People often say they are not competitive or don’t like competition. What we have found is that everybody loves a good competitive game when they feel safe doing it, when they feel a strong sense of trust with their training partners and when they feel like they have chance to win.
Jaak Panksepp found in rats that as long as the weaker player is able to win at least 30 percent of the time they continue to enjoy roughhousing. Research on play in animals and children demonstrates that stronger players self-handicap to allow play to be enjoyable for all. When you are playing with small child or watching two children play you might hear them say “you can’t hit” or “you can’t do this or that”. What they are doing is opening negotiations, because they want to keep playing but they don’t feel safe enough or like the have a chance to win.
We believe the inability to build in effective parameters for establishing safety, build rapport, and ensuring everyone has a chance for success is the biggest problem holding most people back from experiencing the benefits of martial arts training and body-body training.
Play fighting can easily turn into real fighting and dominance battles if there is not a strong relationship between the players and if people don’t feel safe. This is why we focus on rapport and safety first.
If you have ever observed dogs you might notice when they first meet they are often stiff, and play is more likely to turn into growling and teeth snapping. As they get to know each other, they become more relaxed in their approach and can become more intense with their play without triggering an incident.
You’ll find the same thing in well-developed martial arts schools. The guys who have known each other and trained together for a long time can practice very intensely without it turning into a real fight because of the trust that has been built.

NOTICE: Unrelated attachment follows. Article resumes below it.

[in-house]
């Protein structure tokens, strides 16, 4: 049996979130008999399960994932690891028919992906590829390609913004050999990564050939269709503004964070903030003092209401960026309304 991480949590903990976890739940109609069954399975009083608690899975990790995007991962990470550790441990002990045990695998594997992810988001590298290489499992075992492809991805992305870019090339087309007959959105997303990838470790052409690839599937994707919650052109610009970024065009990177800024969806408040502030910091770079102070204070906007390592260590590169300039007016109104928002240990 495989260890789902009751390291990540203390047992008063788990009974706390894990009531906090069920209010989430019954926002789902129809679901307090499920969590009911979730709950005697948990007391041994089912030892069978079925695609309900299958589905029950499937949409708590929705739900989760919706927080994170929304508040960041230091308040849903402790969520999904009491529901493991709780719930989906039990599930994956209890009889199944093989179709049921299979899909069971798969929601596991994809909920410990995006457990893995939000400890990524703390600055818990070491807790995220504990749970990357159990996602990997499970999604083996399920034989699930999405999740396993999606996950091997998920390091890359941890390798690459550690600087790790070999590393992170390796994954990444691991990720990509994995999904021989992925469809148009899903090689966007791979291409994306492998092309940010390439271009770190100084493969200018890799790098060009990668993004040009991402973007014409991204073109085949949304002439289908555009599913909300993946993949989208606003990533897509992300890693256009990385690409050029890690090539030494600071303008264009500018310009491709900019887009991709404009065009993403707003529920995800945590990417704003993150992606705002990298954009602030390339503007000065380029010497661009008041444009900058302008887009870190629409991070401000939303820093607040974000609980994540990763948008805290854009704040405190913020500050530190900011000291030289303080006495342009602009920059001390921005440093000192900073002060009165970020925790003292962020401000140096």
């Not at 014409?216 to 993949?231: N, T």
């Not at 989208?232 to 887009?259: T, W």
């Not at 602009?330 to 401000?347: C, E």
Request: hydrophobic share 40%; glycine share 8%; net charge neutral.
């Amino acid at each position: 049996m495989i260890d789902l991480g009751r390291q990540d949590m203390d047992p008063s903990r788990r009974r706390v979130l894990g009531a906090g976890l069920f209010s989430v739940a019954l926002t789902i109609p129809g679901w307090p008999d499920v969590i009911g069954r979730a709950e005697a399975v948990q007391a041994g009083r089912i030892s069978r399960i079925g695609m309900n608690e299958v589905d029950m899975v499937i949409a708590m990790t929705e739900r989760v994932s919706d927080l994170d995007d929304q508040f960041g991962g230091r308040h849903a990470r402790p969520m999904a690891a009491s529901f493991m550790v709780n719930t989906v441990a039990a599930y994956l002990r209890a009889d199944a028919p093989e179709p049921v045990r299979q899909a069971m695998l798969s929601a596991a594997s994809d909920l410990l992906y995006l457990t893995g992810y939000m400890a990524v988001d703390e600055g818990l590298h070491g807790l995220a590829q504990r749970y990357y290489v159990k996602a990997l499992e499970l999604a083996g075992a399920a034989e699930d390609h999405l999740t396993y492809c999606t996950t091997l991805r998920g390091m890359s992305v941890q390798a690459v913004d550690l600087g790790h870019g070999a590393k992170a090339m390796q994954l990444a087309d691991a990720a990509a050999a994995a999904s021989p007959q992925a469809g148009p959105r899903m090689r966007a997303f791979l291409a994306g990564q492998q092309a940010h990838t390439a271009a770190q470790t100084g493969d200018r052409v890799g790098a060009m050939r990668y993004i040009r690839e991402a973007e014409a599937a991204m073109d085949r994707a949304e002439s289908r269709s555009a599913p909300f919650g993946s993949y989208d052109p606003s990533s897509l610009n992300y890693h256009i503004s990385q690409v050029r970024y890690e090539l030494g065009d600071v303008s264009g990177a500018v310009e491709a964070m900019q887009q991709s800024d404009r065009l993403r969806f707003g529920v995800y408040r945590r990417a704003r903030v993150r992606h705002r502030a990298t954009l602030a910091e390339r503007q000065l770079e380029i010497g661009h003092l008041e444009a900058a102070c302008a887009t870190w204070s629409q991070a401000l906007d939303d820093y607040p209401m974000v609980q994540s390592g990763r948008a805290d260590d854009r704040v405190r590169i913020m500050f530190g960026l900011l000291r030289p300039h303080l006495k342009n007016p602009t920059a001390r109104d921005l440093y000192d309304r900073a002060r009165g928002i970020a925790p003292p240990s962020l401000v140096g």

So our first focus is on building safety and rapport, and we highly recommend you focus on the same.
Here is our basic rapport building game:
Once we have developed good movement sensitivity and connection with our training partners, we can start introducing competition. As we do this we need to focus our emotional management. Players need to learn to recognize their emotional response and have the permission to step back and reset. Are you getting angry, upset, frustrated, or overly competitive? Then take a moment, realize the game is for getting better at movement and having fun with your training partners. Don’t be afraid to negotiate with your partner like the child example earlier, they are the experts in play. Machismo or pride only gets in the way of a successful practice.
There are lots of ways to roughhouse that are not directly related to fighting. Think of a parent throwing a small child up in the air for instance.
However, the central games of rough & tumble play are related to fighting. These are central games in human play because we evolved as hunters and warriors. It is important to remember in these games that we are playing with fighting.
Real fighting is chaotic, overwhelming, and scary, and usually leaves one or both fighters injured. In order to play with it you have create limits.
My self defense teacher Rory Miller calls these safety flaws. The best games to start with are games with strong safety limits as these limits allow us to start playing intensely right away. As we progress in control of our bodies, in our trust with our training partners, and progress in specific martial arts techniques we can play increasingly free games. For now we are going to start with very safe games.
Wrestling is the most universal form of rough & tumble play, and one of the most developmental of all body cultivation practices. All play fighting games need limits to keep the players safe, so we start with limited and controlled forms of grappling to start with.
The game we introduce below works well as a start to competition and grappling because it is limited enough for almost everyone to feel safe playing.
Torso Tag and Striking
After introducing and playing with grappling, we can begin playing with striking. As with grappling, limiting the game so we can play intensely but safely is the ideal way to start our practice.
This game allows us to begin to explore the dynamics of striking, the rhythm of timing, misdirection, feinting, and understanding how to create lines of attack that are fundamental to all striking in a game that is still quite safe.
These games are just a first introduction to roughhousing. There are many more variations you can develop, just remember the key ideas of safety, rapport, and opportunity for success, while slowing increasing the freedom of the games.
As your practice develops you will be able to unlock games like those featured here.
To learn more about our roughhousing approach join us for an upcoming seminar, or look out for our upcoming online course on roughhousing.
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